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Understanding how interferons are involved in autoimmune diabetes

Understanding how interferons are involved in autoimmune diabetes

PhD project

Type 1 diabetes is caused by T-cell-mediated destruction of the insulin- producing beta cells in the pancreatic islets. There is a significant gap in our knowledge of the events leading to initiation of autoimmune diabetes. Our preliminary data suggest that interferons (IFN) are essential in this process. There are three types of interferons: type I (IFNα/β), type II (IFNγ) and type III (IFNλ). Each interferon signals through a distinct receptor, but with overlapping signal transduction pathways. We know that IFNγ promotes beta cell-T cell interaction by upregulating MHC class I. Type I IFN stimulates a transcriptional signature in the islets. Type I IFN is also strongly implicated in other autoimmune diseases such as systemic lupus erythematosus.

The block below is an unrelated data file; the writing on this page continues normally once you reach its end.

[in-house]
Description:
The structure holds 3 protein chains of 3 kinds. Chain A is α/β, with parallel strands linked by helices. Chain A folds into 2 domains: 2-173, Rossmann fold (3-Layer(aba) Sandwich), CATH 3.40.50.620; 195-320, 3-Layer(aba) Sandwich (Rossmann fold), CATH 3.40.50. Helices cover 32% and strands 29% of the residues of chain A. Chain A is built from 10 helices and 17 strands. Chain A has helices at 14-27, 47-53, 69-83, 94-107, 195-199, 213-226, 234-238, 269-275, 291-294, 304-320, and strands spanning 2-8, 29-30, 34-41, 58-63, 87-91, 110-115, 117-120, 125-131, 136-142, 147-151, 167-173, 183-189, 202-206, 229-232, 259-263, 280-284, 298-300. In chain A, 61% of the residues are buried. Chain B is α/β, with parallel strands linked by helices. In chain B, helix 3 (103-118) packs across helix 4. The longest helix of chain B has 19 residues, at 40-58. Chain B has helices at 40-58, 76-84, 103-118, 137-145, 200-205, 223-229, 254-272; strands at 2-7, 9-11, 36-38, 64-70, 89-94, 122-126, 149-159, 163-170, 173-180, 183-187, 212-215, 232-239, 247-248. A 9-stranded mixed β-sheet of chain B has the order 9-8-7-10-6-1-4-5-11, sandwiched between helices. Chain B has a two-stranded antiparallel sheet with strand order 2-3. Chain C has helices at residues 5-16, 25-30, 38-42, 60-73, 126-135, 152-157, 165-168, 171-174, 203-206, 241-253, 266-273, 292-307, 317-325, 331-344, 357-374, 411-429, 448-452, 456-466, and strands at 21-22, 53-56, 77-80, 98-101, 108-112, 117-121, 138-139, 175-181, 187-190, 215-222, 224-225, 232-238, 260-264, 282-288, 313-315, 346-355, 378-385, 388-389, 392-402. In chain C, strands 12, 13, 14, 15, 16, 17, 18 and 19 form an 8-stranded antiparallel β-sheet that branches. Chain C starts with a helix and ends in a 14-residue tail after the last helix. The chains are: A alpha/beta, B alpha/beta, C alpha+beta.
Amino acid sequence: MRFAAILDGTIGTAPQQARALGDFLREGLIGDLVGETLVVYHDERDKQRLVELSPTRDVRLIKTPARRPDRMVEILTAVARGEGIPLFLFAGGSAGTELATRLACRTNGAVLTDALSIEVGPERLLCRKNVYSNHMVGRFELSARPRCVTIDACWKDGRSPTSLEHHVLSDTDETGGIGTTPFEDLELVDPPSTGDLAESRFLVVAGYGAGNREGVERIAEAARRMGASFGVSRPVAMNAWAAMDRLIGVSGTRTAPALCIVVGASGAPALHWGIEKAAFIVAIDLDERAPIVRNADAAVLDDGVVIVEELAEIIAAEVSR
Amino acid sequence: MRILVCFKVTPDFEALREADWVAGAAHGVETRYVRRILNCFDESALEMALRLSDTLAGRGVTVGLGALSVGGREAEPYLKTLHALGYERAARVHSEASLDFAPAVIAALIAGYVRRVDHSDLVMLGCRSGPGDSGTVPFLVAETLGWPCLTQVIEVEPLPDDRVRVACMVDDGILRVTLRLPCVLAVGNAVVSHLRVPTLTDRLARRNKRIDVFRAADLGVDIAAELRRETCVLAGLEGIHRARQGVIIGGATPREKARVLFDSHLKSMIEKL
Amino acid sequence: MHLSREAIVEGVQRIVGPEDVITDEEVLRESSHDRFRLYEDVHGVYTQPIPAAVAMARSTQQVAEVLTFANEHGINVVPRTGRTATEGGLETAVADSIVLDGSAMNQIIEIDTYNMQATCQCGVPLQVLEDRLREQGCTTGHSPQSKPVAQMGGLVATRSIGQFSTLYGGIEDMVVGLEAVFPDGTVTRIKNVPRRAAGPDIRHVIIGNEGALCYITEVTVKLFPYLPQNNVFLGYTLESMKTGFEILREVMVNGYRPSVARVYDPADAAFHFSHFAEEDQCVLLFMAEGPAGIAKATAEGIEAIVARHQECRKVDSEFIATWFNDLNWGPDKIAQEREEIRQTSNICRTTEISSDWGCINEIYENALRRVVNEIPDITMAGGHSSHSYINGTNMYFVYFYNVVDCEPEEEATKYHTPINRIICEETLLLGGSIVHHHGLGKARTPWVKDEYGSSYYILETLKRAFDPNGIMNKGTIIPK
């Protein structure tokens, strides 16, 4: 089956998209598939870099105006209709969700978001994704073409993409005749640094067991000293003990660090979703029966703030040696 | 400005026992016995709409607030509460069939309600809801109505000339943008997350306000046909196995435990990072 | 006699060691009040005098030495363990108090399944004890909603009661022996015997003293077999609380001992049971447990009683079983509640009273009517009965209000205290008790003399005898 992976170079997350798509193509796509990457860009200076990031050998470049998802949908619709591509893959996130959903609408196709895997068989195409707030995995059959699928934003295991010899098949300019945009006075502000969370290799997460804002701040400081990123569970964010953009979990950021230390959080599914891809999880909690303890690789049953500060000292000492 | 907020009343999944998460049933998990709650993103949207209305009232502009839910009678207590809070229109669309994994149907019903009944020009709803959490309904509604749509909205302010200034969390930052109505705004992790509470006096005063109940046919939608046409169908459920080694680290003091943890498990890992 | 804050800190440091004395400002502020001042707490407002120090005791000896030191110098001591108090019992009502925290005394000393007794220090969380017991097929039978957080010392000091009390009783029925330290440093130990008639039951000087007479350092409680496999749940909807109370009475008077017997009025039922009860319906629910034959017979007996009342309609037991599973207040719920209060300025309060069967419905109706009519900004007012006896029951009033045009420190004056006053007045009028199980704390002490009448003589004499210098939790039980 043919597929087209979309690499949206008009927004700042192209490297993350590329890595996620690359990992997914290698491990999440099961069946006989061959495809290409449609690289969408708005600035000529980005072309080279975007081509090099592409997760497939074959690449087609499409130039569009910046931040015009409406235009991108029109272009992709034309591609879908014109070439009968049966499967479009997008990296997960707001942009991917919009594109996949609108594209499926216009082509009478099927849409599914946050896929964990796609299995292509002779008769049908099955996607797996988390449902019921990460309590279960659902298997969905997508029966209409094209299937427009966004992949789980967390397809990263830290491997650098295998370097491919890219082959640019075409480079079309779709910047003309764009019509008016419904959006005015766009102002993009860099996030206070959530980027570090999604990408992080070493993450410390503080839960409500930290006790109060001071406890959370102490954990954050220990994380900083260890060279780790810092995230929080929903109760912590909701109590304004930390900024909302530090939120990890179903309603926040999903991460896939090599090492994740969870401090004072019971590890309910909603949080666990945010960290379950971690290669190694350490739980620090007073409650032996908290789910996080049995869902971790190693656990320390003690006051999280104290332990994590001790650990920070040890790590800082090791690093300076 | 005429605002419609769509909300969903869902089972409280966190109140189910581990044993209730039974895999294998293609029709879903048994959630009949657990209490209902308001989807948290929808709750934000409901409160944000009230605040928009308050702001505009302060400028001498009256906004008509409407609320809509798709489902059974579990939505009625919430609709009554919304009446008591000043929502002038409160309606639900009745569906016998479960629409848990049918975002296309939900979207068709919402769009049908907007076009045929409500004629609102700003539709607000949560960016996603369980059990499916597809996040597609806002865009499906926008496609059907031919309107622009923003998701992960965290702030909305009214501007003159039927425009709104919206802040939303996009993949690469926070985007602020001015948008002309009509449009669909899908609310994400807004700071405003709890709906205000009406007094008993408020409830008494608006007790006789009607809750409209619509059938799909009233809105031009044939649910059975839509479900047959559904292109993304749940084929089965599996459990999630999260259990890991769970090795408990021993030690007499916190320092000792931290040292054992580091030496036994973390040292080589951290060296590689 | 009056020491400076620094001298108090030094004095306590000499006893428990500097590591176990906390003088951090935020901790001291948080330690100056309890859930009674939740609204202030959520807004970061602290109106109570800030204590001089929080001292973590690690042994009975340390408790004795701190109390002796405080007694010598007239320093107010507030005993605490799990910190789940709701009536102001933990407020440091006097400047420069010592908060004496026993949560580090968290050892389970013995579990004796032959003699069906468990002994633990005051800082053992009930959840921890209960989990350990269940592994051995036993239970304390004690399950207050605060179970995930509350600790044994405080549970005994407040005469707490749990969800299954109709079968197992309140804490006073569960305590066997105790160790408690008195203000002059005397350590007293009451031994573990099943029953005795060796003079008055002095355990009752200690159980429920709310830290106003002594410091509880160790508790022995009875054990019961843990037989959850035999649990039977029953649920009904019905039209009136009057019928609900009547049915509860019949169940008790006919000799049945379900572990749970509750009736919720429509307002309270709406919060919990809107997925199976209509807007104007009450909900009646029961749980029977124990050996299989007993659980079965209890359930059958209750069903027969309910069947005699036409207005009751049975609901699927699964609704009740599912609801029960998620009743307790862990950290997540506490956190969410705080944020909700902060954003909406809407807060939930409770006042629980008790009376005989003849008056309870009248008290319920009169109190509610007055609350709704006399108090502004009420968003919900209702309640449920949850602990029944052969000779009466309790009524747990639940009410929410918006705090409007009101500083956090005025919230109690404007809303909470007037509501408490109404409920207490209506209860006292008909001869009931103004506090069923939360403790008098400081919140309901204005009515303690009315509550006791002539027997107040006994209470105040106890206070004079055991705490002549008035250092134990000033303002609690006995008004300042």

Previous data suggest that interferons may have overlapping roles in the pathogenesis of diabetes. We have therefore generated mice lacking one, two or all three interferon receptors (IFNAR1, IFNGR1 and IL-28Ra) in non-obese diabetic mice using CRISPR/Cas9 technology. We will study the contribution of each type of interferon to gene expression changes in the islet, and to development of diabetes. This will be done using flow cytometry, immunohistochemistry, quantitative RT PCR and by monitoring mice for diabetes development.

Inhibitors of interferon signalling are in clinical use for other diseases. To use these drugs effectively in patients, more needs to be known about when and how interferons act in autoimmune disease.

Supervised by:

  • Prof Helen Thomas
  • Dr Tom Brodnicki
  • Disease Focus:

  • Type 1 diabetes
  • Research Unit:

  • Islet biology